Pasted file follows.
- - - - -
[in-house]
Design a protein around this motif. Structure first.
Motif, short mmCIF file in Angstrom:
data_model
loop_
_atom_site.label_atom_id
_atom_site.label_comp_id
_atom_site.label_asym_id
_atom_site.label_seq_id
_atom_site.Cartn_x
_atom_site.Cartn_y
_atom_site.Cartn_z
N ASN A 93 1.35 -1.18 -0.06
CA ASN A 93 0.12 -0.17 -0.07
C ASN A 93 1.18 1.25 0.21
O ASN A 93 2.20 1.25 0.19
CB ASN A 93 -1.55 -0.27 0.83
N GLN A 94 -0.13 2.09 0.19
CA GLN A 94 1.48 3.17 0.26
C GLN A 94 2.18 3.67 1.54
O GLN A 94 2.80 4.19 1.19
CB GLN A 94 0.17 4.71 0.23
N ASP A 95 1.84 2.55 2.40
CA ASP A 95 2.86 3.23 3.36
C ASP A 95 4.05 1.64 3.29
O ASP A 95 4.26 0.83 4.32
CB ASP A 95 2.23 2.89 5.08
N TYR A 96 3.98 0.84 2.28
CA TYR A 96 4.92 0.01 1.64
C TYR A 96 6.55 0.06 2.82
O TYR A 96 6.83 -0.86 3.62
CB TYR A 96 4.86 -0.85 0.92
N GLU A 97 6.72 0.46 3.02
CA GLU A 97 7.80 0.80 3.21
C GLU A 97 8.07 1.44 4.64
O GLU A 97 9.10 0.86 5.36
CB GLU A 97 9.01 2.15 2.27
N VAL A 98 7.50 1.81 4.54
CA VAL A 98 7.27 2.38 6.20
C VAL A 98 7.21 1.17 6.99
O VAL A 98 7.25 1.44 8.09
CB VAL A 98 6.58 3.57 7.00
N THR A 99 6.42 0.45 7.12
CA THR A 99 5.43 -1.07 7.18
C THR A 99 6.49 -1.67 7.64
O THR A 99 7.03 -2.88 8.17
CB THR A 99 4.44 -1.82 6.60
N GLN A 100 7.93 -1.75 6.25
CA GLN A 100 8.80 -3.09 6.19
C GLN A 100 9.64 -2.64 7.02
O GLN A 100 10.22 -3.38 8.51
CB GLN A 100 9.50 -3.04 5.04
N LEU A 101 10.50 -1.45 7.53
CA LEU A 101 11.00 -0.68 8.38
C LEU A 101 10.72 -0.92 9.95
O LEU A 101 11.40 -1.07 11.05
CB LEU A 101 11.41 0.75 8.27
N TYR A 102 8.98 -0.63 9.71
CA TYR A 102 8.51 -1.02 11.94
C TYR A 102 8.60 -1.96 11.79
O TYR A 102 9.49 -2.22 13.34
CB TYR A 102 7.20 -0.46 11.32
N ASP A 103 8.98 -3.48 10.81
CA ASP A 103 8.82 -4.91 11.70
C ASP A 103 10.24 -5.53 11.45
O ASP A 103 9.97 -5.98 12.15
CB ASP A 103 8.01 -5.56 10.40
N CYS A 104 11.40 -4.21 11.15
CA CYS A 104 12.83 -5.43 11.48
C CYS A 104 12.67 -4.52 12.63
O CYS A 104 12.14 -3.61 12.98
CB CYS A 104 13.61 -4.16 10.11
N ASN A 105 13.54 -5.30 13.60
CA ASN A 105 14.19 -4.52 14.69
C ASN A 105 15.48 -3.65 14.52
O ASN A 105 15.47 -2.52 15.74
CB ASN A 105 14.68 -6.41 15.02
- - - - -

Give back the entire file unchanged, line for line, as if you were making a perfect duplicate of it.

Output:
[in-house]
Design a protein around this motif. Structure first.
Motif, short mmCIF file in Angstrom:
data_model
loop_
_atom_site.label_atom_id
_atom_site.label_comp_id
_atom_site.label_asym_id
_atom_site.label_seq_id
_atom_site.Cartn_x
_atom_site.Cartn_y
_atom_site.Cartn_z
N ASN A 93 1.35 -1.18 -0.06
CA ASN A 93 0.12 -0.17 -0.07
C ASN A 93 1.18 1.25 0.21
O ASN A 93 2.20 1.25 0.19
CB ASN A 93 -1.55 -0.27 0.83
N GLN A 94 -0.13 2.09 0.19
CA GLN A 94 1.48 3.17 0.26
C GLN A 94 2.18 3.67 1.54
O GLN A 94 2.80 4.19 1.19
CB GLN A 94 0.17 4.71 0.23
N ASP A 95 1.84 2.55 2.40
CA ASP A 95 2.86 3.23 3.36
C ASP A 95 4.05 1.64 3.29
O ASP A 95 4.26 0.83 4.32
CB ASP A 95 2.23 2.89 5.08
N TYR A 96 3.98 0.84 2.28
CA TYR A 96 4.92 0.01 1.64
C TYR A 96 6.55 0.06 2.82
O TYR A 96 6.83 -0.86 3.62
CB TYR A 96 4.86 -0.85 0.92
N GLU A 97 6.72 0.46 3.02
CA GLU A 97 7.80 0.80 3.21
C GLU A 97 8.07 1.44 4.64
O GLU A 97 9.10 0.86 5.36
CB GLU A 97 9.01 2.15 2.27
N VAL A 98 7.50 1.81 4.54
CA VAL A 98 7.27 2.38 6.20
C VAL A 98 7.21 1.17 6.99
O VAL A 98 7.25 1.44 8.09
CB VAL A 98 6.58 3.57 7.00
N THR A 99 6.42 0.45 7.12
CA THR A 99 5.43 -1.07 7.18
C THR A 99 6.49 -1.67 7.64
O THR A 99 7.03 -2.88 8.17
CB THR A 99 4.44 -1.82 6.60
N GLN A 100 7.93 -1.75 6.25
CA GLN A 100 8.80 -3.09 6.19
C GLN A 100 9.64 -2.64 7.02
O GLN A 100 10.22 -3.38 8.51
CB GLN A 100 9.50 -3.04 5.04
N LEU A 101 10.50 -1.45 7.53
CA LEU A 101 11.00 -0.68 8.38
C LEU A 101 10.72 -0.92 9.95
O LEU A 101 11.40 -1.07 11.05
CB LEU A 101 11.41 0.75 8.27
N TYR A 102 8.98 -0.63 9.71
CA TYR A 102 8.51 -1.02 11.94
C TYR A 102 8.60 -1.96 11.79
O TYR A 102 9.49 -2.22 13.34
CB TYR A 102 7.20 -0.46 11.32
N ASP A 103 8.98 -3.48 10.81
CA ASP A 103 8.82 -4.91 11.70
C ASP A 103 10.24 -5.53 11.45
O ASP A 103 9.97 -5.98 12.15
CB ASP A 103 8.01 -5.56 10.40
N CYS A 104 11.40 -4.21 11.15
CA CYS A 104 12.83 -5.43 11.48
C CYS A 104 12.67 -4.52 12.63
O CYS A 104 12.14 -3.61 12.98
CB CYS A 104 13.61 -4.16 10.11
N ASN A 105 13.54 -5.30 13.60
CA ASN A 105 14.19 -4.52 14.69
C ASN A 105 15.48 -3.65 14.52
O ASN A 105 15.47 -2.52 15.74
CB ASN A 105 14.68 -6.41 15.02